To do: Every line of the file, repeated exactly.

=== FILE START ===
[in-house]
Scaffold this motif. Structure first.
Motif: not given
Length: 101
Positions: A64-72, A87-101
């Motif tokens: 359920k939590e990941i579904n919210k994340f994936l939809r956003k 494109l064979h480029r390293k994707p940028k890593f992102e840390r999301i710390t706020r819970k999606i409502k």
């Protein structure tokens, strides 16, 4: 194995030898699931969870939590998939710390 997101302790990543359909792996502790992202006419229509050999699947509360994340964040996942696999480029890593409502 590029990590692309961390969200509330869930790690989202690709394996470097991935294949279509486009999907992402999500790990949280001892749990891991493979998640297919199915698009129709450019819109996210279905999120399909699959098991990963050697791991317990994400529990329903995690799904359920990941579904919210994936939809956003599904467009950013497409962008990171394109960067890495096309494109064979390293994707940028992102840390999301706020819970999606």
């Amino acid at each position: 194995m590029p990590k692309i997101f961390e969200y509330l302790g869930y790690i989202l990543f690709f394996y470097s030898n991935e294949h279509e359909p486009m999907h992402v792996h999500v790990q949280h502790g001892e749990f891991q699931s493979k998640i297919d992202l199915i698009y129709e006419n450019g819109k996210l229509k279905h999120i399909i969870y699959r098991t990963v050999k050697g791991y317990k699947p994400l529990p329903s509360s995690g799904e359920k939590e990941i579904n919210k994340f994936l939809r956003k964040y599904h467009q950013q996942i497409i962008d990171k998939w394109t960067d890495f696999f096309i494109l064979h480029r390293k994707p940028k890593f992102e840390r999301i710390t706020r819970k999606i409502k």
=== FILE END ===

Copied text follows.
[in-house]
Scaffold this motif. Structure first.
Motif: not given
Length: 101
Positions: A64-72, A87-101
């Motif tokens: 359920k939590e990941i579904n919210k994340f994936l939809r956003k 494109l064979h480029r390293k994707p940028k890593f992102e840390r999301i710390t706020r819970k999606i409502k």
């Protein structure tokens, strides 16, 4: 194995030898699931969870939590998939710390 997101302790990543359909792996502790992202006419229509050999699947509360994340964040996942696999480029890593409502 590029990590692309961390969200509330869930790690989202690709394996470097991935294949279509486009999907992402999500790990949280001892749990891991493979998640297919199915698009129709450019819109996210279905999120399909699959098991990963050697791991317990994400529990329903995690799904359920990941579904919210994936939809956003599904467009950013497409962008990171394109960067890495096309494109064979390293994707940028992102840390999301706020819970999606």
């Amino acid at each position: 194995m590029p990590k692309i997101f961390e969200y509330l302790g869930y790690i989202l990543f690709f394996y470097s030898n991935e294949h279509e359909p486009m999907h992402v792996h999500v790990q949280h502790g001892e749990f891991q699931s493979k998640i297919d992202l199915i698009y129709e006419n450019g819109k996210l229509k279905h999120i399909i969870y699959r098991t990963v050999k050697g791991y317990k699947p994400l529990p329903s509360s995690g799904e359920k939590e990941i579904n919210k994340f994936l939809r956003k964040y599904h467009q950013q996942i497409i962008d990171k998939w394109t960067d890495f696999f096309i494109l064979h480029r390293k994707p940028k890593f992102e840390r999301i710390t706020r819970k999606i409502k």